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Which? has found that washing machines, tumble dryers and dishwashers pose greatest fire risk

A study by the consumer group Which? Has found that washing machines, tumble dryers and dishwashers pose the greatest risk of household fires.

Dishwasher fire photo: istock

19 September 2013

Consumer group Which? analysed fire service data gathered over a two year period showing washing machines caused 14% of fires categorised as due to a faulty appliance, followed by tumble dryers (12%) and dishwashers (11%).

Ovens were responsible for 8% of the fires, while televisions and microwaves each made up 3%, followed by electric blankets (2%) and irons (1%).

According to the figures, around 3,700 fires have been caused each year as a result of faulty appliances.

Which? said some brands appeared to cause a higher number of fires than others, naming Hoover and Candy washing machines and Hotpoint dishwashers and tumble dryers.

Hotpoint issued a public safety notice relating to its FDW20, 60 and 65A dishwashers earlier this year, saying it was "aware of a small number of cases of dishwashers when an electrical component has failed", adding that "this may lead to overheating and in rare cases a potential fire hazard".

However, Which? said it found that there were as many instances of fires recorded relating to Hotpoint's DWF3 dishwasher range, which has not been recalled.

Which? said Hotpoint had informed it that an assessment of the model had found the risk of fire to be very low.

Which? said it was not possible to say "beyond doubt" which brands were most likely to catch fire because most fires were never forensically investigated, adding that the fire officer decided the cause and in some cases did not record details such as the manufacturer of the appliance or the model number.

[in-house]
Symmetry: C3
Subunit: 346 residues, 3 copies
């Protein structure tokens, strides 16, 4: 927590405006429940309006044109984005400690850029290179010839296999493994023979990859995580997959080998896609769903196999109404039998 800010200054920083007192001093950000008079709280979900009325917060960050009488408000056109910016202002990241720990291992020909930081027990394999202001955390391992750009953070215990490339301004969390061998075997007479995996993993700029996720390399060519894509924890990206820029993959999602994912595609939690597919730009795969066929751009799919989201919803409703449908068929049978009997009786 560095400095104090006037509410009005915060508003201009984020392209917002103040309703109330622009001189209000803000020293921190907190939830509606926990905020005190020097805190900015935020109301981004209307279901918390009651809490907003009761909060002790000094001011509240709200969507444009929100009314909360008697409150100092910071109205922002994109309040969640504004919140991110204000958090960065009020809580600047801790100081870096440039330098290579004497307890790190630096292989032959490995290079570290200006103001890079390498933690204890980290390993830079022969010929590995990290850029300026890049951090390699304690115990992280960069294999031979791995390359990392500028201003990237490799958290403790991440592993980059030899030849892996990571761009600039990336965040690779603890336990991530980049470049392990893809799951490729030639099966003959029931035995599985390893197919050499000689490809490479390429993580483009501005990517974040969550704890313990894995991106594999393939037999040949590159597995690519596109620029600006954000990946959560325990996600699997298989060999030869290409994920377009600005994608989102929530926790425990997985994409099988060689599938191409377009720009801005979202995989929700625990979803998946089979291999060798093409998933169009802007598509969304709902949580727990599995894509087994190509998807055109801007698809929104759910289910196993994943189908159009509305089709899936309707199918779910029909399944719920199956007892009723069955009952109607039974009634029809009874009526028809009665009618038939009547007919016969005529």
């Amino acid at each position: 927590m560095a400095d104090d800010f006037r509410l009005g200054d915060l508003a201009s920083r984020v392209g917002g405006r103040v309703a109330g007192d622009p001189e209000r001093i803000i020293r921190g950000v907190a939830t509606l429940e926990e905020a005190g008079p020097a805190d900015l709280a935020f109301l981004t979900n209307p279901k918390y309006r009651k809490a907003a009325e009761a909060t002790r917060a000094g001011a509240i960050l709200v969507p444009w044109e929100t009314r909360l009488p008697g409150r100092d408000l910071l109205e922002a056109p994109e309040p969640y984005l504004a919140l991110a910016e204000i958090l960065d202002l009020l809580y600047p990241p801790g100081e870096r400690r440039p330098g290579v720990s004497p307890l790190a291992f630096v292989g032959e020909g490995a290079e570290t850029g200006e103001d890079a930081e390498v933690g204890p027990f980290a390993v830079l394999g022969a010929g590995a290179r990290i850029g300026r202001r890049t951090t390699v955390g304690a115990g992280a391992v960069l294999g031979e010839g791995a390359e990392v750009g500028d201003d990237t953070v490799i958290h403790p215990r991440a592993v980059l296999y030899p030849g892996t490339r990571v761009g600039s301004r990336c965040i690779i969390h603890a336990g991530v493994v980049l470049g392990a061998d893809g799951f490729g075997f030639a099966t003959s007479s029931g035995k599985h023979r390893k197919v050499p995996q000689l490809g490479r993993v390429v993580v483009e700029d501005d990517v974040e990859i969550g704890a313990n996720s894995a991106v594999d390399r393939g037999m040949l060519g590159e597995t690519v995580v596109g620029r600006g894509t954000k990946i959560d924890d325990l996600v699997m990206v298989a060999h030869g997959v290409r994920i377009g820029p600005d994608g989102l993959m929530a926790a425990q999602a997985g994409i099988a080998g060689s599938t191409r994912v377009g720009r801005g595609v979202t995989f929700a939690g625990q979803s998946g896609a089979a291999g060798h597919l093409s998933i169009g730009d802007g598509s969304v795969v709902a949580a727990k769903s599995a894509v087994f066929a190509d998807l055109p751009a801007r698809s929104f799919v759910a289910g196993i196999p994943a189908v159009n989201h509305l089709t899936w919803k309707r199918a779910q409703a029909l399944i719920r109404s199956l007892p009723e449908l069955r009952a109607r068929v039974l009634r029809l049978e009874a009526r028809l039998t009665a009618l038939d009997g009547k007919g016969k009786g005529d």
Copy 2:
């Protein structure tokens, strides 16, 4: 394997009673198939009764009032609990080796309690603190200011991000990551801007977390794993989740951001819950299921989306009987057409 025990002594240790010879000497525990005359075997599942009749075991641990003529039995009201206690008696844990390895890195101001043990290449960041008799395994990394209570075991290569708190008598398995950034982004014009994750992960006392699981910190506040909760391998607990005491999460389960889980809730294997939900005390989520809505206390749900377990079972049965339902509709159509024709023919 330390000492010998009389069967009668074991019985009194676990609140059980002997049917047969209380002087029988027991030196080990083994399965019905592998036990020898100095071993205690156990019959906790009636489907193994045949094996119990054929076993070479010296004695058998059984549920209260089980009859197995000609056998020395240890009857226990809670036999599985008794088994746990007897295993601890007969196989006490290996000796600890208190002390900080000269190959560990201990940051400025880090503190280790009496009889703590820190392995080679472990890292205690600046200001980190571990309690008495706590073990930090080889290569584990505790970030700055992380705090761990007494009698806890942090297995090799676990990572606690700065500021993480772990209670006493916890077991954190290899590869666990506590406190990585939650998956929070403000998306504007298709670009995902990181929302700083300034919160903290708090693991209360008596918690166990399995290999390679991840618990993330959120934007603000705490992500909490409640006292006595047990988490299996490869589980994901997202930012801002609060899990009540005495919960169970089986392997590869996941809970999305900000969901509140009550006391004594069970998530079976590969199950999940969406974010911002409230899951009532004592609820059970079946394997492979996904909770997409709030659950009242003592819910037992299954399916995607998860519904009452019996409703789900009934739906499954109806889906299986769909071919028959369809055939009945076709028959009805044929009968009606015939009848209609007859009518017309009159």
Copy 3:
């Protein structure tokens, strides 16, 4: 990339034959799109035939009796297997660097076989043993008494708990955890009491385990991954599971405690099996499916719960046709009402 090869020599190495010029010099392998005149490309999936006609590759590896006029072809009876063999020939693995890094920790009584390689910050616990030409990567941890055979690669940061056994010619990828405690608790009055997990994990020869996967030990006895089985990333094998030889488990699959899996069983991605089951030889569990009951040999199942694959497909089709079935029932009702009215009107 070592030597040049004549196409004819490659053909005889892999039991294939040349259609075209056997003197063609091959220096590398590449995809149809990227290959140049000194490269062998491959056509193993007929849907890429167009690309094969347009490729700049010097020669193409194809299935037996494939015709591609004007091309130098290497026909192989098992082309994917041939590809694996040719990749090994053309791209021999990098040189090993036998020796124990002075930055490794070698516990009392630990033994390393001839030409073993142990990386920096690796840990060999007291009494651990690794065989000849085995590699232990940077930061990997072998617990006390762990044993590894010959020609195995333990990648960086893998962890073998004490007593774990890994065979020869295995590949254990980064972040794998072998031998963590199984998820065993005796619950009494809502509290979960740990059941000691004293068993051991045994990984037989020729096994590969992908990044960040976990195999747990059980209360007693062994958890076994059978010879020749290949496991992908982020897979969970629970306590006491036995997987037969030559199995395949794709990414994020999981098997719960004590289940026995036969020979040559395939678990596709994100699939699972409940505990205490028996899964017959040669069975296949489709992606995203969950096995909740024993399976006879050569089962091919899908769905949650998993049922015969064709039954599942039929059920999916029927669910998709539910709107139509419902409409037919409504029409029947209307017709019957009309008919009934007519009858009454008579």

The watchdog found that a quarter (23%) of consumers have owned a product that was subject to a recall or safety notice.

Just over half (58%) were sent information directly from the manufacturer, while 67% of those that received information contacted the company for a repair or refund and a quarter (23%) stopped using the product or threw it away.

But 5% continued to use the product.

Which? executive director Richard Lloyd said: "It's shocking that everyday household appliances can pose such a danger. People's safety must be the priority, so manufacturers should act fast to recall products as soon as they realise they're faulty.

Leigh Day Partner Jill Paterson, who represents a number of people who have suffered devastating house fires linked to recalled white goods, said:

“Products that pose a serious fire risk should not be getting on to the market in the first place. In the unfortunate circumstances where they do, manufacturers should be doing everything possible to ensure that they mount effective recall campaigns to warn the public of the dangers and to encourage corrective action. One fire linked to a faulty appliance is one fire too many.”

Families represented by Leigh Day are campaigning for tougher regulation of household appliances through the recently launched Facebook group, ‘Expect it’s safe’.

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